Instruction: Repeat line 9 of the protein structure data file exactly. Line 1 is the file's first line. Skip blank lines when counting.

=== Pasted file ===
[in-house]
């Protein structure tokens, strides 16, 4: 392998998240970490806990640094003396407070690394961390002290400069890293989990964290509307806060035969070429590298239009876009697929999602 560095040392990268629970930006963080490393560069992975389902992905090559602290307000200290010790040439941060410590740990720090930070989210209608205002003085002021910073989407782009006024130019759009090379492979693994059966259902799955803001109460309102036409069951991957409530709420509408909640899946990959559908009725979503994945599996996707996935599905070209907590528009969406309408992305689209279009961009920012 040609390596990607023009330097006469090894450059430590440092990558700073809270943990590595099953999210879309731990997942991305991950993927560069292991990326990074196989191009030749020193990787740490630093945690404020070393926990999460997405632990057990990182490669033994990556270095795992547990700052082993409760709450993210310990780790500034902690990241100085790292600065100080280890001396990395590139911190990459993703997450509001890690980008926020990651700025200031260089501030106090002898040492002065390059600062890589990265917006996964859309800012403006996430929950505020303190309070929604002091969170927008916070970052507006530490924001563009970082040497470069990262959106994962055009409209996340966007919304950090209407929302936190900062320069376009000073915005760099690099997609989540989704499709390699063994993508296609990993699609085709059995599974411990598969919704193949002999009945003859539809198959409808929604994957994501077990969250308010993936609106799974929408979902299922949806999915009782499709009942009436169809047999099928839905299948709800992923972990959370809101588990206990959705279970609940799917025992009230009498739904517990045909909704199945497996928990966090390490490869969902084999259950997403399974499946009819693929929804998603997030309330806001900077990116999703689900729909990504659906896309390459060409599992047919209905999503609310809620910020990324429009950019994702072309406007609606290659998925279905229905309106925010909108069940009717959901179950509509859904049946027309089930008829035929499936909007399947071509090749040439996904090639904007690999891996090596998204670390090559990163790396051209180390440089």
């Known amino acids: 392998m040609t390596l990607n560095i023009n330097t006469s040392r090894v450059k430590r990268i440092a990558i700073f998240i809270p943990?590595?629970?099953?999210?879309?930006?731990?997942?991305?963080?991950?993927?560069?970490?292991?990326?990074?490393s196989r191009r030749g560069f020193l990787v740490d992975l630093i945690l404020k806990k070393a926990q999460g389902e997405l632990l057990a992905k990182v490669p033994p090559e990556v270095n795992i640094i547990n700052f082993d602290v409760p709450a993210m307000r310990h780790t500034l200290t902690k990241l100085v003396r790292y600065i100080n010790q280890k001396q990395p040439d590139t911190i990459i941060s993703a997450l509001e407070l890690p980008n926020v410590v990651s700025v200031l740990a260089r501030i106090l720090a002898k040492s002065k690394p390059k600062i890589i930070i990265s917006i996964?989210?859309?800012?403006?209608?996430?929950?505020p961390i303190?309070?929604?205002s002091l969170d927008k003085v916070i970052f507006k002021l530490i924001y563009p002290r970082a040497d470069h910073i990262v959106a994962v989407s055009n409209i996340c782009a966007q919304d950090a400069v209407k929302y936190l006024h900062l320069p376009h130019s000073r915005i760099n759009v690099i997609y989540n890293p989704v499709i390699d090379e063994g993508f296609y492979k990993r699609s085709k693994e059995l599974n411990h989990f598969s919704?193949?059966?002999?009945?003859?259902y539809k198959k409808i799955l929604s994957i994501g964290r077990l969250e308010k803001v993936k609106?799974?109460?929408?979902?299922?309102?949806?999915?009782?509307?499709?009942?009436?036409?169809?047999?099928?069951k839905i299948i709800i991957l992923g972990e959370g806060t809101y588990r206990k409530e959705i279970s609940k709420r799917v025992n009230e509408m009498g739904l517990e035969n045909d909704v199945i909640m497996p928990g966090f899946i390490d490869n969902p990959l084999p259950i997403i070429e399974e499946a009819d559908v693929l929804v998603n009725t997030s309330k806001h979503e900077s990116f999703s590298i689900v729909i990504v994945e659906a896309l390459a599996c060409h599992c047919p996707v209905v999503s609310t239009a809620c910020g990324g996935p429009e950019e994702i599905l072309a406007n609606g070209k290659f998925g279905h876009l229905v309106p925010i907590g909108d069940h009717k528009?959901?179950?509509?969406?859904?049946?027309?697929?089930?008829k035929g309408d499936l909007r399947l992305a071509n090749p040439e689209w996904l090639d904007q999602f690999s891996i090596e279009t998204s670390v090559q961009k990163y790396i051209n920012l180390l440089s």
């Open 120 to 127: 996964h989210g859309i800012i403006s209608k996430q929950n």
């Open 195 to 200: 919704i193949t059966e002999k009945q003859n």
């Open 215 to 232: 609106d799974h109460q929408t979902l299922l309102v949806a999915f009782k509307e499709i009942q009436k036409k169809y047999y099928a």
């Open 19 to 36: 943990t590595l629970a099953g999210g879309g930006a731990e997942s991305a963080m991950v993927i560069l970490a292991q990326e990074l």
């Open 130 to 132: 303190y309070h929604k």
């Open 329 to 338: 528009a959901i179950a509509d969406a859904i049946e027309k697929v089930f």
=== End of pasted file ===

């Open 329 to 338: 528009a959901i179950a509509d969406a859904i049946e027309k697929v089930f």